Turn the other cheek

Turn the other cheek

Today’s message is a tough one. John Stott called it “the most admired and the most resented part” of the Sermon on the Mount. Listen again – 38 “You have heard that it was said, ‘An eye for an eye and a tooth for a tooth.’ 39 But I tell you not to resist an evil person. I don’t know about you but immediately I think of ISIS or the terrorists or some armed robber or rapist or child molester. Is Jesus telling us to sit back and let evil people run over us? Does being a Christian means being a coward, a wimp, or a pushover? Absolutely not. This passage is not about bombing terrorist hideouts and fighting back when someone threatens your life and family. This passage is about how you respond when someone offends you and tries to take advantage of your kindness.

Question: Are you a “tit for tat” kind of person? Have you ever held a grudge against someone for offending you or taking advantage of your kindness? Do you like to say things like – “You don’t know who you’re messing with”? Are you a Spirit-led person or a self-led person? Because without the Holy Spirit you cannot do this. Are you saved?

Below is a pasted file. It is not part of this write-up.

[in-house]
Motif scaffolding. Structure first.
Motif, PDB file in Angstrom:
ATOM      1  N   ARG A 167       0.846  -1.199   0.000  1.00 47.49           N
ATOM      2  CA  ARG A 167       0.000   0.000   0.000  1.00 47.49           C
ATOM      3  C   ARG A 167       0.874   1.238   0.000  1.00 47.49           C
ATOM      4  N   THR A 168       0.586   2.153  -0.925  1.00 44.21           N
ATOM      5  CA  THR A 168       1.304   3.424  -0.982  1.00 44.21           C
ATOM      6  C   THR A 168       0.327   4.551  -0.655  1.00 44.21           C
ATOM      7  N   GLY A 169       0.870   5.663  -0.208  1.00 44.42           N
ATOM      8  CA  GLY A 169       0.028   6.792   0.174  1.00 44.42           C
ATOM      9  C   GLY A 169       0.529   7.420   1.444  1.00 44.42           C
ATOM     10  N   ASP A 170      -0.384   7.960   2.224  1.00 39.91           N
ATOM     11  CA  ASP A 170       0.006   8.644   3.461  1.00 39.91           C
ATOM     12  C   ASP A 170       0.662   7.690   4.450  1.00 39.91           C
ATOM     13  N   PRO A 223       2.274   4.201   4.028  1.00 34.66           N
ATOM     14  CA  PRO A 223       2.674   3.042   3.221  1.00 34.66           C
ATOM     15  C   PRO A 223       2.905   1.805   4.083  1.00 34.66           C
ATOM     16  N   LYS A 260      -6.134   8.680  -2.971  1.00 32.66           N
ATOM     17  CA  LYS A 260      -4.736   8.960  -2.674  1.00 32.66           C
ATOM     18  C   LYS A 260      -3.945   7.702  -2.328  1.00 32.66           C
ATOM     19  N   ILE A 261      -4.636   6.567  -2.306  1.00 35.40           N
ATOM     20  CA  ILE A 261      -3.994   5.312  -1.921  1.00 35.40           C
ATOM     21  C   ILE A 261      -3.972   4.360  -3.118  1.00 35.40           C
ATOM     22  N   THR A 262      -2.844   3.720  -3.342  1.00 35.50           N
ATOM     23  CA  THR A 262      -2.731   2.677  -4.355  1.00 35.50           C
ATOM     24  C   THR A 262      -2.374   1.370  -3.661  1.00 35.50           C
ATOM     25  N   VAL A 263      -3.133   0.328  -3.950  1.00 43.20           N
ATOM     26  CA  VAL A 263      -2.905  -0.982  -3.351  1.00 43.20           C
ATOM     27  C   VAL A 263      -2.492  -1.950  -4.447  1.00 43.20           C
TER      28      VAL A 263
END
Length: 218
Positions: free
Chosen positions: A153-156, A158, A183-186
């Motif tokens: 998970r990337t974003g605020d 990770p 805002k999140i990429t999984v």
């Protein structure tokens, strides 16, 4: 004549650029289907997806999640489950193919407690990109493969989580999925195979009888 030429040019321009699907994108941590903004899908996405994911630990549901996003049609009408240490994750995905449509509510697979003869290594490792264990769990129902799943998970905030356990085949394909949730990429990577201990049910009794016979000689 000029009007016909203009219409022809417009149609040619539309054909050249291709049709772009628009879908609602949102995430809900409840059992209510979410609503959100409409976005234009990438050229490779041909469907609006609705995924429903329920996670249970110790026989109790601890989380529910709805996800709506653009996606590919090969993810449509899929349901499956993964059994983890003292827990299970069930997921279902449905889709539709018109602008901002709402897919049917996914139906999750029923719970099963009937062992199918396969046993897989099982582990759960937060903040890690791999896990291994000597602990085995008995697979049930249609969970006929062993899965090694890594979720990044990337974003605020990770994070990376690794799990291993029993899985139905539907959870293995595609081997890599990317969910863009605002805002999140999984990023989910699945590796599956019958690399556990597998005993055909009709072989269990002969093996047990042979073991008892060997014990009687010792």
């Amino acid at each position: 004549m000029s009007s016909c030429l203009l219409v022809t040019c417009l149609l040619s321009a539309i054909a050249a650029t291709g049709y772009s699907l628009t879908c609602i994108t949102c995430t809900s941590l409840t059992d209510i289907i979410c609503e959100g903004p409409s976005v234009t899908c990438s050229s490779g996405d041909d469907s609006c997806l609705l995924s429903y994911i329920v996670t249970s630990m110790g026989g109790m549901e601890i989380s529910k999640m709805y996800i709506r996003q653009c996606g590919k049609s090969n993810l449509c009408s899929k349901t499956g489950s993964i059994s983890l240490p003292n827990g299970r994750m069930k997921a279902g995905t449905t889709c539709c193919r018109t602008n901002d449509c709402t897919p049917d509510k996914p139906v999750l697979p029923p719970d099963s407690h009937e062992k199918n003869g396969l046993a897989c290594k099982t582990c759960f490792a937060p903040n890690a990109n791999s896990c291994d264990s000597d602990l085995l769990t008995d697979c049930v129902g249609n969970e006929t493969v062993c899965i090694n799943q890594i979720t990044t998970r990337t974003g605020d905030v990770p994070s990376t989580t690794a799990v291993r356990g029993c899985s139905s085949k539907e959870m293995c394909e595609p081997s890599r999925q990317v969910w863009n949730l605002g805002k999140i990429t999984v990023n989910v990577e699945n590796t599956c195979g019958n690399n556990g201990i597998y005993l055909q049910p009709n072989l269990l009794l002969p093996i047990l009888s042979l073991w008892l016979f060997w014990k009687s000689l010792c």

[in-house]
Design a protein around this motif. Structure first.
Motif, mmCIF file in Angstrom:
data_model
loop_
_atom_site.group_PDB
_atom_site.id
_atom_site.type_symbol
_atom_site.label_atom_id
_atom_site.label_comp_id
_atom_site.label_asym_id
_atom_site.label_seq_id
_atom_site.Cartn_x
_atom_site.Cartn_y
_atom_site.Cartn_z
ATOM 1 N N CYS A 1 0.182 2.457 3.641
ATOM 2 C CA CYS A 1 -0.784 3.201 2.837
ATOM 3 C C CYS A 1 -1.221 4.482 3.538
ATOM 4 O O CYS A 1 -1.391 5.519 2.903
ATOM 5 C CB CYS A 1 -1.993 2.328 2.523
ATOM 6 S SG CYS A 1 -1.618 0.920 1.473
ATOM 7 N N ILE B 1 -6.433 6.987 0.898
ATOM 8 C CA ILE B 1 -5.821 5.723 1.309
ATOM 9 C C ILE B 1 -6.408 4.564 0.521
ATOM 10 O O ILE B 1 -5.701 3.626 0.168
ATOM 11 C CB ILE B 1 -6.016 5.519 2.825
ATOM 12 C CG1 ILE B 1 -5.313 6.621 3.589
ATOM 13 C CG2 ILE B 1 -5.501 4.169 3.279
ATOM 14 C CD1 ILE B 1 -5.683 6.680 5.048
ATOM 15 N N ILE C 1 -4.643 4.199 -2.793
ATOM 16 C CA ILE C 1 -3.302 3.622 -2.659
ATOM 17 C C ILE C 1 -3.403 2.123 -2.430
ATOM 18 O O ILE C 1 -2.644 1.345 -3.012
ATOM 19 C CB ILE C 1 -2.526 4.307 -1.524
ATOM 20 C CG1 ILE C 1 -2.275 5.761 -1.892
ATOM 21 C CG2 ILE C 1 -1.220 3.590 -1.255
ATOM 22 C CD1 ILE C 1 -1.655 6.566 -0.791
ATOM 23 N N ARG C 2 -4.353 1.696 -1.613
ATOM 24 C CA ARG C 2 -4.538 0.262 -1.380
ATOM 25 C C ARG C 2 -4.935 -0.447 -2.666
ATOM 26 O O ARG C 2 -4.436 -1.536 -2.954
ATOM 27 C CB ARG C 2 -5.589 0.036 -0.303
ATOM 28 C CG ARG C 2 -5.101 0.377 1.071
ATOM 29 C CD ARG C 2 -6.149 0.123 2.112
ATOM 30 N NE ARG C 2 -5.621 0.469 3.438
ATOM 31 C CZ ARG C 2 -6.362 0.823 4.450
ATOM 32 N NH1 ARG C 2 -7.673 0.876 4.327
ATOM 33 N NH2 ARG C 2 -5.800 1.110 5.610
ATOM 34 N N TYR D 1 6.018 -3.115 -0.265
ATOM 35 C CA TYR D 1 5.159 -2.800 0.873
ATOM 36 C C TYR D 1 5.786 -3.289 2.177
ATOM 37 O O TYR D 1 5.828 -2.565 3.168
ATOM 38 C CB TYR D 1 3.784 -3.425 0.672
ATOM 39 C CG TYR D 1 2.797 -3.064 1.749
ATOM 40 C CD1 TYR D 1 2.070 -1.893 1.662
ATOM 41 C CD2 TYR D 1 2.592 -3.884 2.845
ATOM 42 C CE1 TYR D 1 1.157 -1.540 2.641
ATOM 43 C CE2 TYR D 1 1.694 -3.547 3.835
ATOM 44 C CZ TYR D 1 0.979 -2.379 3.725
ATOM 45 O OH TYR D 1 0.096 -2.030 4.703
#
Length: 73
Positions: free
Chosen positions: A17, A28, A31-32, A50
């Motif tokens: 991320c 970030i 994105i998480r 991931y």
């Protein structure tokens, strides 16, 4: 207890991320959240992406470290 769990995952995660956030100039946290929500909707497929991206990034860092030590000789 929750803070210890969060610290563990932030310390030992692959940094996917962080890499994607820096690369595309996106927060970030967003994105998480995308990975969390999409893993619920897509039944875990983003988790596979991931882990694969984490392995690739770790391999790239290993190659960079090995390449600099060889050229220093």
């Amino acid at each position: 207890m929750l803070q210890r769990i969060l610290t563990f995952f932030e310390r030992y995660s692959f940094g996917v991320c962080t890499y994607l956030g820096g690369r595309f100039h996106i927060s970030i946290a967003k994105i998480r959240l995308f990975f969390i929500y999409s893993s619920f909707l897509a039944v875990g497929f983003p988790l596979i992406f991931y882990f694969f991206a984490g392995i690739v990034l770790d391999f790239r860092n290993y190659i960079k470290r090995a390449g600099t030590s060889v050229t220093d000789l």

Jesus gives 4 scenarios on how to respond when someone offends us. Let the Holy Spirit begin to soften your hearts and make you more and more like Christ.

I. WHEN SOMEONE HUMILIATES YOU

39 “…But whoever slaps you on your right cheek, turn the other to him also.”